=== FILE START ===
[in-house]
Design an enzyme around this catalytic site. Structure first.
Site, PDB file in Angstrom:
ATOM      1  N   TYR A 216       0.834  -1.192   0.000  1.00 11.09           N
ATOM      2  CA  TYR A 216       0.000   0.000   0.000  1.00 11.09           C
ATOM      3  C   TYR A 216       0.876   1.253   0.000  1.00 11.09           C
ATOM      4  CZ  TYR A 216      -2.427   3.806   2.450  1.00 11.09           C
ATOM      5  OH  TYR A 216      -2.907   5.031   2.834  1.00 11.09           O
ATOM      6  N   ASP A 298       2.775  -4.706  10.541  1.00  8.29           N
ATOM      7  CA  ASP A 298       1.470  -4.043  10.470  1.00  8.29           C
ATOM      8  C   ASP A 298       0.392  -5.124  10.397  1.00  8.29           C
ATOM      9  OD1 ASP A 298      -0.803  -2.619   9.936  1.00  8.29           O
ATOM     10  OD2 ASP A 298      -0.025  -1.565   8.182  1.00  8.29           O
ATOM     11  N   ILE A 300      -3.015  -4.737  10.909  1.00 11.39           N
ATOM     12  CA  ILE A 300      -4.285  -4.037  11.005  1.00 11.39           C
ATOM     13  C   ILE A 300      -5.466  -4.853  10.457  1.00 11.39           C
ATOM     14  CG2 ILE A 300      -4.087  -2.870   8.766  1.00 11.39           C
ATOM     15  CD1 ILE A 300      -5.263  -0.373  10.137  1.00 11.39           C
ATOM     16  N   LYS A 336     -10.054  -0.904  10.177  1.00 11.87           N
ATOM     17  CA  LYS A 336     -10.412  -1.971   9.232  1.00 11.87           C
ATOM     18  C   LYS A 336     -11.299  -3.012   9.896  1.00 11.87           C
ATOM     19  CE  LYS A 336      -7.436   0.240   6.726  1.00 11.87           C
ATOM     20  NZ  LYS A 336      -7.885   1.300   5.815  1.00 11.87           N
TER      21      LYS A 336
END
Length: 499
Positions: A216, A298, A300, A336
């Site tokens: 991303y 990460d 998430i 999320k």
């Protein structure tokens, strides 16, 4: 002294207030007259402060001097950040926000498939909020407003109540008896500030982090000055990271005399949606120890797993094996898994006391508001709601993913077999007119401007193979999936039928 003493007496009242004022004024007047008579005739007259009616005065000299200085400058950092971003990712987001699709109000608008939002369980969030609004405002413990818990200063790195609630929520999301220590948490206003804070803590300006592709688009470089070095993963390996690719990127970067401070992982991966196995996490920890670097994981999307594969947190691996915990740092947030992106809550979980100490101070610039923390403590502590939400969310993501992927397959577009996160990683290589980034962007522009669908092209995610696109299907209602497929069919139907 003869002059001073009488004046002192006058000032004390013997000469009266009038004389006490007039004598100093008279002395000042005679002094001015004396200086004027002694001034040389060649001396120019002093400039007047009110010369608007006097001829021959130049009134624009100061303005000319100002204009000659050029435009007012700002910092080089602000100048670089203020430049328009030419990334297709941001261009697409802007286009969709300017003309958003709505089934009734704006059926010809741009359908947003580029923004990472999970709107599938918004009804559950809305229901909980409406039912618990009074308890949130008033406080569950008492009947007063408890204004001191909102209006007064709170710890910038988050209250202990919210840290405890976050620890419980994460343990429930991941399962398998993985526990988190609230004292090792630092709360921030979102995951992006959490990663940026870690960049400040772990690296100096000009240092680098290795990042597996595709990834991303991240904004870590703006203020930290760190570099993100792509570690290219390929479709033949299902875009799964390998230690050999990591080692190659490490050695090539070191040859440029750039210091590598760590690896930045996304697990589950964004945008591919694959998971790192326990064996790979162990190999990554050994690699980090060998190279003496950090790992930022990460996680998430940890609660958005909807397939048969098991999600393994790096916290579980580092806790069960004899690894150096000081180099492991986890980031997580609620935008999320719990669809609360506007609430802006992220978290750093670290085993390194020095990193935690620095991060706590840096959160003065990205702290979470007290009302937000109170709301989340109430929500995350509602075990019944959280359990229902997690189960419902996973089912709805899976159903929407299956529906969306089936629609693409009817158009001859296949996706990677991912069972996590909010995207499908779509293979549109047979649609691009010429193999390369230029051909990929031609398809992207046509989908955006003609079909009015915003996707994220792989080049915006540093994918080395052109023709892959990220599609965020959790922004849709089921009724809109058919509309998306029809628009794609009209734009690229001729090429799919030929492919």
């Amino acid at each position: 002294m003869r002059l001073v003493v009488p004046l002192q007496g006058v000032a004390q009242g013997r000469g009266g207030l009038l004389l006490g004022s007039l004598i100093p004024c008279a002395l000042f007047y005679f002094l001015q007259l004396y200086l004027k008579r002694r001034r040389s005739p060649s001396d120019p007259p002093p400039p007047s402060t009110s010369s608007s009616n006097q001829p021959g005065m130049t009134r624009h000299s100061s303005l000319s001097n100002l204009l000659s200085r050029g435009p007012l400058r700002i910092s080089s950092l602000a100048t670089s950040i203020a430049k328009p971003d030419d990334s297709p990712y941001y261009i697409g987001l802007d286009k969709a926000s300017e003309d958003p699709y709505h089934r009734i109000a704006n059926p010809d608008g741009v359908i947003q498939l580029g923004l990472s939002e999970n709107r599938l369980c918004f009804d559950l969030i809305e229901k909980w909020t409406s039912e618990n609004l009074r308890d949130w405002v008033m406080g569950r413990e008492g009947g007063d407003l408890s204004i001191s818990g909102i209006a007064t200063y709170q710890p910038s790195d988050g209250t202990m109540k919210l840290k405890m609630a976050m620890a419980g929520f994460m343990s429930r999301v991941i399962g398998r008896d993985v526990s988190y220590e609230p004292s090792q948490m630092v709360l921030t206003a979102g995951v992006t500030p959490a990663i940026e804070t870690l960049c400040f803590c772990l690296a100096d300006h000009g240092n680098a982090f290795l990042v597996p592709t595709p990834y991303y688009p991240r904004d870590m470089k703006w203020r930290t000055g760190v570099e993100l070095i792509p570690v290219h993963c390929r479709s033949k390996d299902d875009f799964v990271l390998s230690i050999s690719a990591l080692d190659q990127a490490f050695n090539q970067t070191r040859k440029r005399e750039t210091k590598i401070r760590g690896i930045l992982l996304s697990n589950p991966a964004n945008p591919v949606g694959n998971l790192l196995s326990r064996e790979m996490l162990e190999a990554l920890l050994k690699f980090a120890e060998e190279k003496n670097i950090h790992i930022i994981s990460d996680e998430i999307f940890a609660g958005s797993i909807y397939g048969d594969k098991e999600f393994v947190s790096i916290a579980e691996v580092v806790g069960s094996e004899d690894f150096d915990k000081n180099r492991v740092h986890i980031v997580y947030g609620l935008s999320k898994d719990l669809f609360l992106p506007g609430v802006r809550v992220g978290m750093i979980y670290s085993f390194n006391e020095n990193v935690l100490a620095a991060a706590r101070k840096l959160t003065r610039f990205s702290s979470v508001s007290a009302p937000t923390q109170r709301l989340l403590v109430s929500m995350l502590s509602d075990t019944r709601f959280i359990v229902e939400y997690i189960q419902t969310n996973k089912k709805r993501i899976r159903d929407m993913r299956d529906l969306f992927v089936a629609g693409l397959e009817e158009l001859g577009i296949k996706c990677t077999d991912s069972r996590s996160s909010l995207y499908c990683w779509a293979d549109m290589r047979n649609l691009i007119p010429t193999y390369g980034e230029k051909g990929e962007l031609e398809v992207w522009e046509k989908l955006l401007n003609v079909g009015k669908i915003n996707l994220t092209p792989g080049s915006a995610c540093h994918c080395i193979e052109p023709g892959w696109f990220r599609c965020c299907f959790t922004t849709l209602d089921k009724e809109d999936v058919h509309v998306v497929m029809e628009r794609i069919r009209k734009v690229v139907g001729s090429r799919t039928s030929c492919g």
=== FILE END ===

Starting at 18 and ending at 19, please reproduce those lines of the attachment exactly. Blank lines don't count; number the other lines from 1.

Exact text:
ATOM     15  CD1 ILE A 300      -5.263  -0.373  10.137  1.00 11.39           C
ATOM     16  N   LYS A 336     -10.054  -0.904  10.177  1.00 11.87           N